Council Briefing: Bloomington Approves Small Tax Levy and more
December 11, 2017
At its December 11th meeting, the Bloomington City Council focused on property tax levies and reports on emergency services.
Unlike the Town of Normal, Bloomington’s Tax Levy saw little change. The City of Bloomington did not increase their local tax levy, however, The Bloomington Public Library did increase their property Tax Levy slightly. The resulting increase in the library's tax levy will impact the average homeowner by only $4.17 annually.
Library director Jeannie Hamilton explained that the levy increase of $140,493, would be transferred to the Capital Reserve Fund for the expansion of library services.
The tax levies received a unanimous “yes” vote.
The City Council also adopted an ordinance that amends the city code regarding the process for disposing of abandoned bicycles. The amendment was prompted by a bicycle in poor condition that was left chained in Downtown Bloomington for several months.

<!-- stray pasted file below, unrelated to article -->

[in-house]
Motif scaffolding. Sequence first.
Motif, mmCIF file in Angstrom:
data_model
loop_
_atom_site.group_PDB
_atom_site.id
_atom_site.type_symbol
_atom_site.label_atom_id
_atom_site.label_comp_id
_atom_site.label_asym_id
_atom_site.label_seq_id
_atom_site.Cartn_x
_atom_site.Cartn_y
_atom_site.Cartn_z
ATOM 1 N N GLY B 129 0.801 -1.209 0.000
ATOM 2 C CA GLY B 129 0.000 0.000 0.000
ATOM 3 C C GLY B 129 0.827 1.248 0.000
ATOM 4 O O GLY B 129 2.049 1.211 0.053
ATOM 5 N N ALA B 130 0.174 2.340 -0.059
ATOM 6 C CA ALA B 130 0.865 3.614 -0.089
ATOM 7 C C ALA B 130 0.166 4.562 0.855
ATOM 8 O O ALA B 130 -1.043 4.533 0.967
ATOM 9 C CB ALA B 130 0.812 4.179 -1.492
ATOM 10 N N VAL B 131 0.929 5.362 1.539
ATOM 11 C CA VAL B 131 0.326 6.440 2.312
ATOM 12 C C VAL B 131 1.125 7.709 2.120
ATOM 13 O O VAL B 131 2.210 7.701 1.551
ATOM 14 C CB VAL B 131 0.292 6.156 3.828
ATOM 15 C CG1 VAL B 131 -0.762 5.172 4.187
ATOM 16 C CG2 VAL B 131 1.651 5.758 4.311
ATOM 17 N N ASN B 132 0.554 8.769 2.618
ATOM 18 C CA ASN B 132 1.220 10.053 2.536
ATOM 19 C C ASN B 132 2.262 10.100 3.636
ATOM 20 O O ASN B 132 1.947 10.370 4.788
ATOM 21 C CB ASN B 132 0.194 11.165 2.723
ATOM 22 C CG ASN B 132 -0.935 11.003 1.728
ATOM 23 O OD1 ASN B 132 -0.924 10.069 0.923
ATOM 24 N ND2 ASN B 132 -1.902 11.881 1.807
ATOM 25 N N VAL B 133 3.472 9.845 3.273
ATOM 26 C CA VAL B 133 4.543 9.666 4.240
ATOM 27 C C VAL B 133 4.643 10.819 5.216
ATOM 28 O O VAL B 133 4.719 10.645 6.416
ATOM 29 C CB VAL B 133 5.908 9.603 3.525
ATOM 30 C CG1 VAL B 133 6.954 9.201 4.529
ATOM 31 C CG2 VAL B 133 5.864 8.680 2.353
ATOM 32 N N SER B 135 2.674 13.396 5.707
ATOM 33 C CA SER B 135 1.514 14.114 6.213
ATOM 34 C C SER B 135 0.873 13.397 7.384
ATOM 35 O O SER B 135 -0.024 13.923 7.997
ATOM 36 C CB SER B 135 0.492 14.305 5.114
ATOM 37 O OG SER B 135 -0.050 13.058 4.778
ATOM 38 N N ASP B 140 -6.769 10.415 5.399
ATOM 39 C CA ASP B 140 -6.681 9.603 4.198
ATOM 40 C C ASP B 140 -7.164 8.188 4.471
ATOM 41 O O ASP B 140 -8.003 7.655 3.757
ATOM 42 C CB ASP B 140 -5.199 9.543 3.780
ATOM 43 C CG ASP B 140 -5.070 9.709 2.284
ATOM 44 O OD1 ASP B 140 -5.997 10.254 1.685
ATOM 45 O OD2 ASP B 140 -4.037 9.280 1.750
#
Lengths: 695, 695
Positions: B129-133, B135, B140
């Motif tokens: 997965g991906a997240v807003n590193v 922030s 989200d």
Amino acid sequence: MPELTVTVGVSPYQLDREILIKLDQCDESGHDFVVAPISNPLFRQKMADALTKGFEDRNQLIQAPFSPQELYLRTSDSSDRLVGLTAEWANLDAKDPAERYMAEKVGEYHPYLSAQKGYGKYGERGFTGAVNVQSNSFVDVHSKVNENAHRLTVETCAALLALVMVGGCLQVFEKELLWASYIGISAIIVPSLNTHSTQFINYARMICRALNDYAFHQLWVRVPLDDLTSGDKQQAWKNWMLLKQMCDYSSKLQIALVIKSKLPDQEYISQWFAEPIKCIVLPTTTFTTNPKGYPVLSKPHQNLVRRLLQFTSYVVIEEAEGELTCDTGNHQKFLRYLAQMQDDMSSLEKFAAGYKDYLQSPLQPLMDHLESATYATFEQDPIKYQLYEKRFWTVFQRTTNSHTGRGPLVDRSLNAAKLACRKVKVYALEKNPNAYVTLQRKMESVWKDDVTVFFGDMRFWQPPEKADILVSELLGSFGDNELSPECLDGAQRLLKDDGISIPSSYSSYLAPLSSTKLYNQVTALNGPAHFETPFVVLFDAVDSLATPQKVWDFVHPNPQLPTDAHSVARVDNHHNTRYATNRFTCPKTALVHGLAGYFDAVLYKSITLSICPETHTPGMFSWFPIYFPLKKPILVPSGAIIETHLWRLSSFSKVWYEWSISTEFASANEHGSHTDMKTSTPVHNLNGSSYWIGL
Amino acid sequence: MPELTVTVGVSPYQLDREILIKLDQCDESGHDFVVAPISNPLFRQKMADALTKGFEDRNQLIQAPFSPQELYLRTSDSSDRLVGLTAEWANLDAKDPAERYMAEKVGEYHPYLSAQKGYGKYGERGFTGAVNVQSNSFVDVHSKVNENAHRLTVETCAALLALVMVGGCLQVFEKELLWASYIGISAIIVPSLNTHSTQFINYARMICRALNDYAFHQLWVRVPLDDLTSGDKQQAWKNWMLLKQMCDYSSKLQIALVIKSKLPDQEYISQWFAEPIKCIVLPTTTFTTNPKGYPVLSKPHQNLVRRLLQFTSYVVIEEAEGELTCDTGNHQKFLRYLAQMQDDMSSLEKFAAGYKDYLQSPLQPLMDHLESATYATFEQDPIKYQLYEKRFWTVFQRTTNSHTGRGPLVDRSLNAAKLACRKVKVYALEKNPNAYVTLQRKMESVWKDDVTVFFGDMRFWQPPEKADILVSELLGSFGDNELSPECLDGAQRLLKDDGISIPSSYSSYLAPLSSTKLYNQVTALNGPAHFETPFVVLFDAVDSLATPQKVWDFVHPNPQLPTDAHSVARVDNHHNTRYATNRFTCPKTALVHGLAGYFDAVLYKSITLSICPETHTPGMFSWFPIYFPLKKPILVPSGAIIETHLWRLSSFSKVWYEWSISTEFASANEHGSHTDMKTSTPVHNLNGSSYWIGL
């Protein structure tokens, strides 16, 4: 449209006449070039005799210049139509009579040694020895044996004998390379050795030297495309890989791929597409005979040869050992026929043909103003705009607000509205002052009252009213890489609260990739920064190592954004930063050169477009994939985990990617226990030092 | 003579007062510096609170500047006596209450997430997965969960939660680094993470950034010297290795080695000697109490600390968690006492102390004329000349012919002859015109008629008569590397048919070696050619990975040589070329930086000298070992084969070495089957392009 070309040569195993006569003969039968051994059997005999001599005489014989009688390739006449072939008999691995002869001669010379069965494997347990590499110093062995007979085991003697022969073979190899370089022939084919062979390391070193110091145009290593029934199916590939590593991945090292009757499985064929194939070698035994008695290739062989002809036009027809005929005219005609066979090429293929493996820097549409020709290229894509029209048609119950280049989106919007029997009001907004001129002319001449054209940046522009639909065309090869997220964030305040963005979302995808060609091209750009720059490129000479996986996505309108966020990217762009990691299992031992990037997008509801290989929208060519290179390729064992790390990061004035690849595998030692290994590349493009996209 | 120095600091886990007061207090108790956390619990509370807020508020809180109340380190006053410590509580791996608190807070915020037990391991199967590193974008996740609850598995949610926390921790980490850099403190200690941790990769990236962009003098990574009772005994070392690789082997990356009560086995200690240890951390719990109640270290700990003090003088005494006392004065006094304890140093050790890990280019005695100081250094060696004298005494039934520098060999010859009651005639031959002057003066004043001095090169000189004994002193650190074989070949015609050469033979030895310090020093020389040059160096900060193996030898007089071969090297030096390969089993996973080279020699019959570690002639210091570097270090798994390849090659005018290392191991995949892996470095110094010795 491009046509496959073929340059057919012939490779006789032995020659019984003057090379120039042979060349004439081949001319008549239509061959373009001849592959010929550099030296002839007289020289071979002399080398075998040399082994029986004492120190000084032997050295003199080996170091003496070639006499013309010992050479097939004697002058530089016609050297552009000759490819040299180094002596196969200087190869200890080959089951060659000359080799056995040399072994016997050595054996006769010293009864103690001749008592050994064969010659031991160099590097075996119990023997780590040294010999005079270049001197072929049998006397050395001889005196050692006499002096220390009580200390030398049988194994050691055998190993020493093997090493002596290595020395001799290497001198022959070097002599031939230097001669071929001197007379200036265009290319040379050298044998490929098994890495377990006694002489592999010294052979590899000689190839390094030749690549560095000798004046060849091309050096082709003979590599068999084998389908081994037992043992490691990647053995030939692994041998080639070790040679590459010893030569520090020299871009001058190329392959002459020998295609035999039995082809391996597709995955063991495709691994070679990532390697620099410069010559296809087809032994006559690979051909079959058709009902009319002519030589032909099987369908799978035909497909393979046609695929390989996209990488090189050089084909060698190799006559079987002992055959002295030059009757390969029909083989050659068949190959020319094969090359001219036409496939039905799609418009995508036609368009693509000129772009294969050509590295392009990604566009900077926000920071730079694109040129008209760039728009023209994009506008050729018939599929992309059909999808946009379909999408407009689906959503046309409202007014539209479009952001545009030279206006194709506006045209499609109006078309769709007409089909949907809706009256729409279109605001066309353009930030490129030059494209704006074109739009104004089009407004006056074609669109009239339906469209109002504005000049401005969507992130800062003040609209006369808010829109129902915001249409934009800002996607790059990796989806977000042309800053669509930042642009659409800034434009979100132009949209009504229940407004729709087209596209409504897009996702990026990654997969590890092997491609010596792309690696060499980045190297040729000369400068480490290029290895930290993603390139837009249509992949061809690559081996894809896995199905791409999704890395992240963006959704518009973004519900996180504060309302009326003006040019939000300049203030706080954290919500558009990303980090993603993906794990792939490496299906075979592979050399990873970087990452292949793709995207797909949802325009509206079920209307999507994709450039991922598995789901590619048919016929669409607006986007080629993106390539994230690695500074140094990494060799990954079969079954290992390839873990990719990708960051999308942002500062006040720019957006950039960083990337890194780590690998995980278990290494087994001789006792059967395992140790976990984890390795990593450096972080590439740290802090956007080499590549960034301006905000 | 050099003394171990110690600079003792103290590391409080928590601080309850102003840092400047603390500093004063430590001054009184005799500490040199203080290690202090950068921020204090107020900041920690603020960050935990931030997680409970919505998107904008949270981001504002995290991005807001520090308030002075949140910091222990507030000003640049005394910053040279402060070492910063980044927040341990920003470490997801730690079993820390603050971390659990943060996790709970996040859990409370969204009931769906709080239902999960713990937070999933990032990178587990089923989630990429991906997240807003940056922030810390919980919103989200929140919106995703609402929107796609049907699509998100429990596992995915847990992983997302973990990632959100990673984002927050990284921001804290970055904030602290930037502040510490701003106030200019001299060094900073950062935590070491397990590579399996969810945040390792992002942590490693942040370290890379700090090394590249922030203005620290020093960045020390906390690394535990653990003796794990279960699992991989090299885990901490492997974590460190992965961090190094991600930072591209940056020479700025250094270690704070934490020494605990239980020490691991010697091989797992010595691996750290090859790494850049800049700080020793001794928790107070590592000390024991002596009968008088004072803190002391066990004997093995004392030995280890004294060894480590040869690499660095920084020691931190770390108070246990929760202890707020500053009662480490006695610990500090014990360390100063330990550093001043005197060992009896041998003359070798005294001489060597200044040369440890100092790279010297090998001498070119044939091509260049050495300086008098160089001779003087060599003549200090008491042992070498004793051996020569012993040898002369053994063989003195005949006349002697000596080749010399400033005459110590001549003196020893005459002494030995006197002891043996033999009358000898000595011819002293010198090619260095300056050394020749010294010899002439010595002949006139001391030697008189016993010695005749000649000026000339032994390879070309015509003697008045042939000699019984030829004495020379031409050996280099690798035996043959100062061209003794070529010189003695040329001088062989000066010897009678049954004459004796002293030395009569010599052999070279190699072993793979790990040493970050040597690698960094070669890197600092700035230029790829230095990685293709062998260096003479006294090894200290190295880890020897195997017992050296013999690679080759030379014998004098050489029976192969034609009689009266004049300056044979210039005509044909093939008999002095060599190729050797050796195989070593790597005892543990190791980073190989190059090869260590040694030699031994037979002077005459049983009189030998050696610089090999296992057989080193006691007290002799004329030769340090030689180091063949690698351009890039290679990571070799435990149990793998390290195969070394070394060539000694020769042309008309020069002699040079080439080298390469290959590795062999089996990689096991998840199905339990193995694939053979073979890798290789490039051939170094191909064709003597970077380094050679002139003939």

Bloomington Police Chief Brendan Heffner spoke about the procedures, explaining that bikes deemed salvageable are repaired by a charity organization and then donated. The procedures are different for abandoned vehicles. The funds from the sales are directed to the General Fund.
Improving Police and Emergency Services:
Chief Heffner also discussed the Bloomington Police Department’s Three-Year Strategic Plan, which includes: “identifying and resolving crimes rather than just responding to them,” continued involvement in youth intervention programs, implementing special Downtown patrols, obtaining body cameras for the entire force, and acquiring the best data management solutions for new technologies.
Chief Heffner also stated that the Strategic Plan has a “Correlation to President Trump’s 21st Century Policing Initiative,” most of which the BPD had already implemented. The BPD will also work to further diversify the police force and conduct topic-driven citizens’ summits in different areas of the community.
Bloomington Fire Chief Jason Moore was also present to discuss the goal of reducing emergency response times--one of the city’s top five priorities. A November 2016 tax levy provided the BFD with $545,000 to improve response times. They have a goal to reduce response times to fewer than six minutes for 90% of calls.
Chief Moore’s data showed an improvement in response times but said an issue with Unit-Hour Utilization (UHU) remains. He believes an additional ambulance at headquarters, as well as six more paramedics, would assist in reducing response times.